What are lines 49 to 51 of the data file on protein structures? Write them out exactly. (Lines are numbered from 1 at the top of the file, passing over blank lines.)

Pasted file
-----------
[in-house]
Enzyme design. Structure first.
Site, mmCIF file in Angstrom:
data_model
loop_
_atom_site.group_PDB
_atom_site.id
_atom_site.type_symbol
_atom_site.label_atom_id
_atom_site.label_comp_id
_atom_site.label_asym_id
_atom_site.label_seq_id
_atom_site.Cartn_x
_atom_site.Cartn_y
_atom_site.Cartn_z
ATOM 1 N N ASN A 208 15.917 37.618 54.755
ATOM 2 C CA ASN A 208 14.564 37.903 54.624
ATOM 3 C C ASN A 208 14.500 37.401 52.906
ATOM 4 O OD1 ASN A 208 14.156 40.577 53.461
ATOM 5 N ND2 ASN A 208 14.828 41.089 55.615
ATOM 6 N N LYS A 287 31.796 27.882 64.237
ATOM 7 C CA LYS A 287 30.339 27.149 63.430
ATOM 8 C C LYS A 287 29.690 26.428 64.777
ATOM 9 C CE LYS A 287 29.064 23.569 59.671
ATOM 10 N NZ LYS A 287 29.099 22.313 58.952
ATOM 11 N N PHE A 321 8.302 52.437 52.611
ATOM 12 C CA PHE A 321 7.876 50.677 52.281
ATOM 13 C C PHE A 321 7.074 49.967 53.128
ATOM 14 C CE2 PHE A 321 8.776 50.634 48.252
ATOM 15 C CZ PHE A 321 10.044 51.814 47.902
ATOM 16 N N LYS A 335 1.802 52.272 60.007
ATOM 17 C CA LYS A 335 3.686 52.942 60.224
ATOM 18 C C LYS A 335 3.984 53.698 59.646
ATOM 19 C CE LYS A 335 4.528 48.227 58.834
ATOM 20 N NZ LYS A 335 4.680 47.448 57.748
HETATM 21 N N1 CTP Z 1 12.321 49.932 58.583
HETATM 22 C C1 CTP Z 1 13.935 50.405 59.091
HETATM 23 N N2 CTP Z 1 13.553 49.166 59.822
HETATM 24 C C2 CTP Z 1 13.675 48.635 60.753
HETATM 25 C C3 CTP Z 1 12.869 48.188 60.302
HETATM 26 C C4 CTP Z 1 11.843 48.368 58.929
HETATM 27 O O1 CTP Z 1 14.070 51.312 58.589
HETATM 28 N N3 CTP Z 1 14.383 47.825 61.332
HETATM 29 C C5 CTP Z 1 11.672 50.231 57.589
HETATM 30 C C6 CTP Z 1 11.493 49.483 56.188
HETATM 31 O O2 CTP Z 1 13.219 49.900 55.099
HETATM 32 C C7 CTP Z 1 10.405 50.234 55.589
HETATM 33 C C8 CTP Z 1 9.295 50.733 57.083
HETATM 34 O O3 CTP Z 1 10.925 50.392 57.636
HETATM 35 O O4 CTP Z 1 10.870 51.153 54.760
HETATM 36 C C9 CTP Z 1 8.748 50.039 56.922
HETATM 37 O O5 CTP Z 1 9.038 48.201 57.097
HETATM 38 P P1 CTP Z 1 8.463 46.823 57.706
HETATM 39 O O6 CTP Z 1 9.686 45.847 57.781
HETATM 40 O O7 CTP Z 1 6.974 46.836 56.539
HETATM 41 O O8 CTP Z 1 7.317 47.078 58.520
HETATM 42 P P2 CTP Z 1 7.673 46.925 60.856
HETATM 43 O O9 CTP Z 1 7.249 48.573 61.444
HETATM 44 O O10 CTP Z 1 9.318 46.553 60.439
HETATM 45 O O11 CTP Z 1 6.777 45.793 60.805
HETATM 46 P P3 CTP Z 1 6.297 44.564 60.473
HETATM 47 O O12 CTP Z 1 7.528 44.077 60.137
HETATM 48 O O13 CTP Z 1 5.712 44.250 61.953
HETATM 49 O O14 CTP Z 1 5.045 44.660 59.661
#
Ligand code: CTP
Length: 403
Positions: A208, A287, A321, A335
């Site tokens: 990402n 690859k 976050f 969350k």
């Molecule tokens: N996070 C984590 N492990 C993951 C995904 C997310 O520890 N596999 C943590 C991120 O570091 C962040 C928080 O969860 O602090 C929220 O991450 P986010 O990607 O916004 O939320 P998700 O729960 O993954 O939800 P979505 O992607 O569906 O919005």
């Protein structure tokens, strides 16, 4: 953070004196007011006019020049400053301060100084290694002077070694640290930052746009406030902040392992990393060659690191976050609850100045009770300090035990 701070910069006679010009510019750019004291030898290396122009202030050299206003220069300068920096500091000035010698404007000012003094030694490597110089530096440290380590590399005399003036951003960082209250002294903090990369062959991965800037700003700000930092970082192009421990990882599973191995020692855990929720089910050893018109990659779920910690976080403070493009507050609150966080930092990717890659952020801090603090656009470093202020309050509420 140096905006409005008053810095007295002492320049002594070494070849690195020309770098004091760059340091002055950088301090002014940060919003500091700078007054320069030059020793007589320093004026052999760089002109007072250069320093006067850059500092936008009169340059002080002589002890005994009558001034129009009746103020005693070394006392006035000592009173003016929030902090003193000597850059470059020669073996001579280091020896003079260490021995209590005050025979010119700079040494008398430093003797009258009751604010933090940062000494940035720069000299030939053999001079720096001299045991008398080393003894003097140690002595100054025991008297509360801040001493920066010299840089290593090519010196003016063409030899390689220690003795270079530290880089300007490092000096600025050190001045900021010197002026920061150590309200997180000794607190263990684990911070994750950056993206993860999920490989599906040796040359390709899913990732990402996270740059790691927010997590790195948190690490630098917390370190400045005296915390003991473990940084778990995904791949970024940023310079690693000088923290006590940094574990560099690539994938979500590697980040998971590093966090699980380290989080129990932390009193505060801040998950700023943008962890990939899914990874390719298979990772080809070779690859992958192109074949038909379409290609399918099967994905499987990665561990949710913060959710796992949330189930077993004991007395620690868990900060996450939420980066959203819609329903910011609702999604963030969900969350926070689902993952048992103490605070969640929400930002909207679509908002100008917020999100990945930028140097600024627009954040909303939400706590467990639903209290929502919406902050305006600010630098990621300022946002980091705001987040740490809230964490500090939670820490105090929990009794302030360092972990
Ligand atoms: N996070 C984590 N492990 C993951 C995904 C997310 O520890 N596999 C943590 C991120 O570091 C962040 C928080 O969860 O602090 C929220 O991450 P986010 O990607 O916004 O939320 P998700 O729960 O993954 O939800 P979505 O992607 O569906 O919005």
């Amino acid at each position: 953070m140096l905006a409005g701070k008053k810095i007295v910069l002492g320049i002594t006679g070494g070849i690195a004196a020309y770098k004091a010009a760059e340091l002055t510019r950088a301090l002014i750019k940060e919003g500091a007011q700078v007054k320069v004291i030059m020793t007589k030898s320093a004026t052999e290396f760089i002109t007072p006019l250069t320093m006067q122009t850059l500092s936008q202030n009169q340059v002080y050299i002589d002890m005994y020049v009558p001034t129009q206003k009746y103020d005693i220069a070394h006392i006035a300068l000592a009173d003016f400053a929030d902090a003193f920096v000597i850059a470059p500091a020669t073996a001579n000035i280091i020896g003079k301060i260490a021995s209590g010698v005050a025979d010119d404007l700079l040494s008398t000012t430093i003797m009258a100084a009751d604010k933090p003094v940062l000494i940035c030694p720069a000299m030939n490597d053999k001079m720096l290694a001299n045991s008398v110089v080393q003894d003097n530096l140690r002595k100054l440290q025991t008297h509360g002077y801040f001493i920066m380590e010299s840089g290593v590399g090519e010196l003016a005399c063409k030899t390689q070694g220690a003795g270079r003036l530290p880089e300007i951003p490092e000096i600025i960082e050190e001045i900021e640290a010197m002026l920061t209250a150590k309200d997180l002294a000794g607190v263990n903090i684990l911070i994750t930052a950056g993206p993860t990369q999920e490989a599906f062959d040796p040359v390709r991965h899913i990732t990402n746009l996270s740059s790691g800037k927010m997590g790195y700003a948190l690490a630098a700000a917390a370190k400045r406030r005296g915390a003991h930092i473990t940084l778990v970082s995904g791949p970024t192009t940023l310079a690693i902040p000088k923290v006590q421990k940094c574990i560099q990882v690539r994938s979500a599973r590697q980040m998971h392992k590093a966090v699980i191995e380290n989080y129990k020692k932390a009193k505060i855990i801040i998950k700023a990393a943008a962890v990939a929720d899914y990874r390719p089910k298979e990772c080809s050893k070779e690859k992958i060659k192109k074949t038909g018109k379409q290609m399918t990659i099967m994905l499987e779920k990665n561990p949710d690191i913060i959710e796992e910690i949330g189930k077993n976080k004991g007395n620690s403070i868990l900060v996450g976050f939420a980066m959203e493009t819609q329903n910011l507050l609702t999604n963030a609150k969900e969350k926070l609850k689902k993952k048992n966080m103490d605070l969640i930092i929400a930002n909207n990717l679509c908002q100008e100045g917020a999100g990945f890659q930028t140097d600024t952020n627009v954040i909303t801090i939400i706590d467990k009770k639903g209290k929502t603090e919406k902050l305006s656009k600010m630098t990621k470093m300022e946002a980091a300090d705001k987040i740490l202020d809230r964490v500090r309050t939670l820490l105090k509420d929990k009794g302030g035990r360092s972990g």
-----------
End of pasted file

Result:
HETATM 34 O O3 CTP Z 1 10.925 50.392 57.636
HETATM 35 O O4 CTP Z 1 10.870 51.153 54.760
HETATM 36 C C9 CTP Z 1 8.748 50.039 56.922